“However, a sharper than anticipated deceleration in China led to lower global steel demand growth in 2021. For 2022 and 2023, the outlook is highly uncertain. The expectation of a continued and stable recovery from the pandemic has been shaken by the war in Ukraine and rising inflation,” states Vedoya in the association’s outlook commentary.
Separately, independent market intelligence by Visiongain Research published on Feb 3 notes that the global steel market, which was valued at US$1.09 trillion in 2020, is projected to continue growing at a CAGR of 3.9% from 2021 to 2031, thanks to growing investment in the infrastructure sector due to the urbanisation of emerging countries even as the sector embraces new technology and sustainable policies.
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These numbers reinforce Fu’s point that “the steel industry remains very much irreplaceable” and “therefore crucial that the group work towards a more sustainable and green production of the material while aiming for efficient production as well”.
New sustainability horizons
Gunung Capital is also actively looking out for companies outside of the realm of steel and construction but with like-minded intentions to make their operations more carbon-neutral, expanding the range of impact investments they work on in Asia.
Gunung Capital recently signed a memorandum of understanding (MOU) with TotalEnergies, a multinational integrated energy and petroleum company, to install solar panels throughout their plants to work towards a greener future for the oil and gas industry. According to Fu, the solar panels are expected to reduce their carbon footprint by 47,387 tons per year.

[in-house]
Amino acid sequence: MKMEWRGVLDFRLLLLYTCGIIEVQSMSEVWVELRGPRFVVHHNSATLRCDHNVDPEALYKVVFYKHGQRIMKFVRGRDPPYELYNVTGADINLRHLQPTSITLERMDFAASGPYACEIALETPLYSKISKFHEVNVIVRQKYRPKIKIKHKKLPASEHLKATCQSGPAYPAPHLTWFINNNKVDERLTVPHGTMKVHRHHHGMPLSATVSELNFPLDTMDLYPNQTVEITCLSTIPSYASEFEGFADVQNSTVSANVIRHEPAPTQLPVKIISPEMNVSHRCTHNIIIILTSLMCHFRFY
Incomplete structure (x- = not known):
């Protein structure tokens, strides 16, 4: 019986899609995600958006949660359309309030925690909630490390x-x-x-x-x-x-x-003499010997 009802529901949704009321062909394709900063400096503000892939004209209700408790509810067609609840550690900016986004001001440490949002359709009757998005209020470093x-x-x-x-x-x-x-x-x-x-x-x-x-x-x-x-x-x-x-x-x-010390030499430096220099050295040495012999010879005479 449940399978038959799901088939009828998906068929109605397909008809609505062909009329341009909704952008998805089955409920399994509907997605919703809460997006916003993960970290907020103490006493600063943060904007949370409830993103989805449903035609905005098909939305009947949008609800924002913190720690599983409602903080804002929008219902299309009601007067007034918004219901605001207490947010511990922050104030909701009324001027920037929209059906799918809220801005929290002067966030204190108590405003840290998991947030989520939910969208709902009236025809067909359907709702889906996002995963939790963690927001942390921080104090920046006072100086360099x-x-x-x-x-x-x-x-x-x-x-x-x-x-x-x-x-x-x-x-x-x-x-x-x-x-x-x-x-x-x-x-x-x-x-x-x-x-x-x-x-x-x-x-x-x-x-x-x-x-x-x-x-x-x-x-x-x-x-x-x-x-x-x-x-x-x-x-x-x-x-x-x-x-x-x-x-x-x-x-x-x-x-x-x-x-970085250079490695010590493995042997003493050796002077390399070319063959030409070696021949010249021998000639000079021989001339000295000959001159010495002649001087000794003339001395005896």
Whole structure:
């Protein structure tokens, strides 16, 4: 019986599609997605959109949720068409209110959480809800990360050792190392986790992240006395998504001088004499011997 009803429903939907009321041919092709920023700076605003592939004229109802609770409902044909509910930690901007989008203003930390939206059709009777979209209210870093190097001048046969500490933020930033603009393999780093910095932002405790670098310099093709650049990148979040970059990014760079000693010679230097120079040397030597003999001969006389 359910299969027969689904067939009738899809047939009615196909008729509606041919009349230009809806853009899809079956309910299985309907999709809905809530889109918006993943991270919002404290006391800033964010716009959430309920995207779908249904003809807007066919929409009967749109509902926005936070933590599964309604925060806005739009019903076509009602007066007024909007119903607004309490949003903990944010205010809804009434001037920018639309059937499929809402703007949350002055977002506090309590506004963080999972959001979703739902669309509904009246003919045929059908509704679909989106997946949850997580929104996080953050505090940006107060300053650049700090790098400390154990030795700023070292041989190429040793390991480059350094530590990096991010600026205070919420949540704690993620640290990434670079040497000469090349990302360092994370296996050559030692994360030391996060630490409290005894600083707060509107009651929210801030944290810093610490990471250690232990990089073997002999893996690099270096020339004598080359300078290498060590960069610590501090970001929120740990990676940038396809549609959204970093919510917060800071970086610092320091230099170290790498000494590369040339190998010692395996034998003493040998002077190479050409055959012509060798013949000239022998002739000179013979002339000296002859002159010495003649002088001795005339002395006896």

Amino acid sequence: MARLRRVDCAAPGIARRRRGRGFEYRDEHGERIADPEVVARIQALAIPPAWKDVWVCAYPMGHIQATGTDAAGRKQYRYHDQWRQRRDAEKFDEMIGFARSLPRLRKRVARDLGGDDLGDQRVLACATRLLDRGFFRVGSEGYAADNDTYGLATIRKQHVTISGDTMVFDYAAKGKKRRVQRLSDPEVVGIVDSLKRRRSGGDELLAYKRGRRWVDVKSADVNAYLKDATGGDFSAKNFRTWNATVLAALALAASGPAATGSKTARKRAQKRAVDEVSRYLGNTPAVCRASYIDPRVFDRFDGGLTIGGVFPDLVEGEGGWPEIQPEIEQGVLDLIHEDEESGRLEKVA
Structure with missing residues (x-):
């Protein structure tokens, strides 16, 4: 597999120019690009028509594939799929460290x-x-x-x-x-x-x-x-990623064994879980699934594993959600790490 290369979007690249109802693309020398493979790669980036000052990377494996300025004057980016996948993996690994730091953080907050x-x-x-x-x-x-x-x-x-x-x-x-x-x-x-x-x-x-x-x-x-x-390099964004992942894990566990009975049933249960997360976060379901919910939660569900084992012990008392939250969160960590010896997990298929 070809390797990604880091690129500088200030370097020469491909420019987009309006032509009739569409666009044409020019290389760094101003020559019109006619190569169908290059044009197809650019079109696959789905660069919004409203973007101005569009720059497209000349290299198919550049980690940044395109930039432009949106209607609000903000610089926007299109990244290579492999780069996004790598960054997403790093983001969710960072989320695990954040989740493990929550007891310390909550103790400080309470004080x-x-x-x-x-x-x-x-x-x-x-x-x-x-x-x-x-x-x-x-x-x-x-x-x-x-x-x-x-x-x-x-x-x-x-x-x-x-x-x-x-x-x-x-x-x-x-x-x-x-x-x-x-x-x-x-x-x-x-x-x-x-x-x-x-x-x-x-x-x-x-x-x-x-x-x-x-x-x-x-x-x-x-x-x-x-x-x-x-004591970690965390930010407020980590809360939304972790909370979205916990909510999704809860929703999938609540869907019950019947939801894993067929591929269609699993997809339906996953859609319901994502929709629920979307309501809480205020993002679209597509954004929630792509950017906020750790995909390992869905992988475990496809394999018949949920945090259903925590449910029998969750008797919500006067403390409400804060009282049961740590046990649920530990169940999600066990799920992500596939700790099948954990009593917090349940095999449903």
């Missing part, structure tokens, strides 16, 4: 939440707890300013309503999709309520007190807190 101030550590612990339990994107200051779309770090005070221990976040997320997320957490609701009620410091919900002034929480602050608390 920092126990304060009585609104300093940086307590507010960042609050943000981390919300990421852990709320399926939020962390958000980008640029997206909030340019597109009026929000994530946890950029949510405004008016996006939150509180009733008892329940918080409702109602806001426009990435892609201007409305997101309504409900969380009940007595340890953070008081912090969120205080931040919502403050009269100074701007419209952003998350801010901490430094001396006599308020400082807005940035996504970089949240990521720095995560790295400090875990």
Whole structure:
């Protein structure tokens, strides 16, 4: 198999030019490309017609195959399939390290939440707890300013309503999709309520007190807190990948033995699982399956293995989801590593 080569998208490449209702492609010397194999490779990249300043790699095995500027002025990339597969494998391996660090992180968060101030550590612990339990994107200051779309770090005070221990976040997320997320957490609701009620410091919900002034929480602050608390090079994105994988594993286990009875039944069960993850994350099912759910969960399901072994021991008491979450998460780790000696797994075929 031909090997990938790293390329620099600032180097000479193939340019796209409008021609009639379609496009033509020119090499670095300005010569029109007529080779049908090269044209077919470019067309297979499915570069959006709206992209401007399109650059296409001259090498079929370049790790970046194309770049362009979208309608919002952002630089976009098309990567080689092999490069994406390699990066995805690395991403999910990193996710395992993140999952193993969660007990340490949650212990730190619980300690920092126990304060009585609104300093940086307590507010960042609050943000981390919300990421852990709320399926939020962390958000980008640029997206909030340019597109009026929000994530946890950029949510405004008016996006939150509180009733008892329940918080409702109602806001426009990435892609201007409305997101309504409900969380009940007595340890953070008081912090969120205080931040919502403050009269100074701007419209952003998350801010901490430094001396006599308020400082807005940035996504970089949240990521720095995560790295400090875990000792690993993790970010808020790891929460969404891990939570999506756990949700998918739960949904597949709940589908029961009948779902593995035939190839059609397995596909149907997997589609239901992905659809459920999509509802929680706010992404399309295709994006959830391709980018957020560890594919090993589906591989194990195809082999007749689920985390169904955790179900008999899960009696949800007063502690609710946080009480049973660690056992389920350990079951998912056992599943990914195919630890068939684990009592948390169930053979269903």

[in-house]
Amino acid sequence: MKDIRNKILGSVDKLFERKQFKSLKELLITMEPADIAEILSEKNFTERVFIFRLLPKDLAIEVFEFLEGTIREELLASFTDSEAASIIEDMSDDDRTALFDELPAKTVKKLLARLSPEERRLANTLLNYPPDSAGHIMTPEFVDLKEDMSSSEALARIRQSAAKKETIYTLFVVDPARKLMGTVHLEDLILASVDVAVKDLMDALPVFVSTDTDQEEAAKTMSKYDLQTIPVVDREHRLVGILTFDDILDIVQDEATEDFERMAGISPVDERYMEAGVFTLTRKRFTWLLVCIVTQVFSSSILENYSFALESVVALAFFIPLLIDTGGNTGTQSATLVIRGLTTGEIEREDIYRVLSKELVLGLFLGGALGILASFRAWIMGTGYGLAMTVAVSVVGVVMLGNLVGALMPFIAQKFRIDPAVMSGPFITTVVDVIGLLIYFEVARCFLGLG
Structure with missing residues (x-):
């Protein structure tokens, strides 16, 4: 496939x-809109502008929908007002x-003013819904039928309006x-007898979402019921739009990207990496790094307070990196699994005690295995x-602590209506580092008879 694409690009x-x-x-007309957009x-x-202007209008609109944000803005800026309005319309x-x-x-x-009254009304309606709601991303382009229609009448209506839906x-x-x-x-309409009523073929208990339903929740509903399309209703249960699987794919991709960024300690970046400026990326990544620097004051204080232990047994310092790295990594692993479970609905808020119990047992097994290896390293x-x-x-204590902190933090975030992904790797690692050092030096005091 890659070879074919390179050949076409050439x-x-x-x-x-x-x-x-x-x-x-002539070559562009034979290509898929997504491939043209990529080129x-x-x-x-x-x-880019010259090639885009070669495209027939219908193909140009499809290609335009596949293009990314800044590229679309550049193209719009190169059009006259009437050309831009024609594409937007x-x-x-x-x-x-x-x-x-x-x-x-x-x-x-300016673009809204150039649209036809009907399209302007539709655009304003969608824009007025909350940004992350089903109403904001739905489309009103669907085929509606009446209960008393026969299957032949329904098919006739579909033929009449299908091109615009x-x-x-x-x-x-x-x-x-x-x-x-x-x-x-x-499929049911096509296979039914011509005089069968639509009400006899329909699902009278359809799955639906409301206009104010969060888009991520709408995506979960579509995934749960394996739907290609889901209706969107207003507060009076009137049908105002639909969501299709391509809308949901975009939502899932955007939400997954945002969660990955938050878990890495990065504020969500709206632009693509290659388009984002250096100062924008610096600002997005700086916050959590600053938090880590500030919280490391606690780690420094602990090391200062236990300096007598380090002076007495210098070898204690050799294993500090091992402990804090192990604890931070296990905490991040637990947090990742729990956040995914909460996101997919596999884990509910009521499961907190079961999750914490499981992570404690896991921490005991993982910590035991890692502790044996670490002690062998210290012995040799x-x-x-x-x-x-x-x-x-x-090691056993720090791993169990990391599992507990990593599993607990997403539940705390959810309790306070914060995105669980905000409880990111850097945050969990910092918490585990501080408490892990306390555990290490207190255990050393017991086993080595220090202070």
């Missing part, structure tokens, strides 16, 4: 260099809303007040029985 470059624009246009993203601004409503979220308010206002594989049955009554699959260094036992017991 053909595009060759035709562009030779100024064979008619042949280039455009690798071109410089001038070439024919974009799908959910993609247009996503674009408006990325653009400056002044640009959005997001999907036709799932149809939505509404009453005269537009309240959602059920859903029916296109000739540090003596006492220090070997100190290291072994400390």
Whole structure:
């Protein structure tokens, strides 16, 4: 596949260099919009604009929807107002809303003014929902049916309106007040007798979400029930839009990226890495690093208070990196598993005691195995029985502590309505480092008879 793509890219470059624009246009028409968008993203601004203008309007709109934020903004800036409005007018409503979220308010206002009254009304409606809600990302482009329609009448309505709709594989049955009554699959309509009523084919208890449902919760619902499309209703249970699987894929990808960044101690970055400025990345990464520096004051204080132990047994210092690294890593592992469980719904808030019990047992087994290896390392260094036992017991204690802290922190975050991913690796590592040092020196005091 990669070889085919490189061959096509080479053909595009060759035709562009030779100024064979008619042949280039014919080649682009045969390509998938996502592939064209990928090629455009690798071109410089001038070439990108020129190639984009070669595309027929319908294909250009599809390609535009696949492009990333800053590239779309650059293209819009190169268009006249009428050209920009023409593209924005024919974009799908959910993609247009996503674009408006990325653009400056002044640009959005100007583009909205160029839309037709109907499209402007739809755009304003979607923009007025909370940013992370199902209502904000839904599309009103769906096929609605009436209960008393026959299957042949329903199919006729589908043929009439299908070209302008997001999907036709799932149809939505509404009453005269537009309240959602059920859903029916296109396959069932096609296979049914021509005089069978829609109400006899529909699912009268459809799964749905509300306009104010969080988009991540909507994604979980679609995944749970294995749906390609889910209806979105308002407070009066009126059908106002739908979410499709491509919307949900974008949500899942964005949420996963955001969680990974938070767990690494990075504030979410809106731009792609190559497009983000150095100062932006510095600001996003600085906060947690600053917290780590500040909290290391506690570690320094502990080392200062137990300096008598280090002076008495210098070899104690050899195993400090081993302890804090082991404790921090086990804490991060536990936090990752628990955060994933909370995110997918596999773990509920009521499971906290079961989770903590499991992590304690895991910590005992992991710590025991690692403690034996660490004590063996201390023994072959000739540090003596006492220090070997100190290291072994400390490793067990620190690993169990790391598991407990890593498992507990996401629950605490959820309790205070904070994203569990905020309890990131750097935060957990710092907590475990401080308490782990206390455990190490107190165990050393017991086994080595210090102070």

The textile industry has also caught Gunung Capital’s eye. “Like steel, textiles are not easily replaceable in this world — everyone needs these materials for clothes,” says Fu. “However, there are so many textile companies that can become ‘stranded’ [more and more so in this era], if they do not change the way they make clothing and continue to produce a great amount of waste.”
This is also increasingly relevant for businesses in fashion, with developed markets such as the EU imposing strict rules on the fast fashion industry, compelling the producers in Asia that export to Europe to work towards more eco-friendly production methods.
Within the textile industry, Fu is not limiting himself to just the producers. “Increasingly, pre-owned goods make good business these days,” he points out. “We are currently evaluating a company that acts as a middleman in the distribution process of pre-owned goods from clothing labels, which encourages consumers to purchase second-hand clothes instead of new ones [such that there is less wastage created by the fashion industry].”
“The best part is, the company is endorsed by the labels of the pre-owned clothing they are distributing, so these brands don’t see them as competitors in any way; rather, they are partners instead” he adds, “this is because of the circular economy created, which ultimately benefits the businesses at both ends, and now the environment at large.”
Fu explains that one of Gunung Capital’s main roles in working with these companies is to help them to understand the problems of what is happening in the environmental space at a macro level so that they have a better working business plan moving forward. “This is in addition to applying what we have learned in wider manufacturing processes to help these companies reduce waste effectively and to be, on a whole, more ESG-friendly,” he says.
Other areas that interest Gunung Capital include food reproduction and climate technology systems. “We are also looking at companies that work with sustainability data and the licensing of it to better inform consumers the size of each product’s carbon footprint or for companies’ own tracking purposes to ensure they meet certain eco-licensing requirements in their business,” Fu adds.
When asked about the future direction of ESG projects at large, and what potential the space has in store, Fu says that while ESG investments may be on everyone’s minds, it is more vital to look towards distributing resources more equitably moving forward.
“For us at Gunung Capital, we like to look at sectors that are not easily replaced or less well-known,” Fu says. “Previously, there has been a lot of attention and resources devoted to mobility and transportation sectors, and I think it would be valuable to turn our focus to other areas that have not been invested in as much.”
“Many of us today talk about ESG as an important [aspect of what businesses should be looking towards or pursuing],” Fu adds. “I believe that this should not just be regarded as a theme, but as a language for the future.”
Photo: Gunung Capital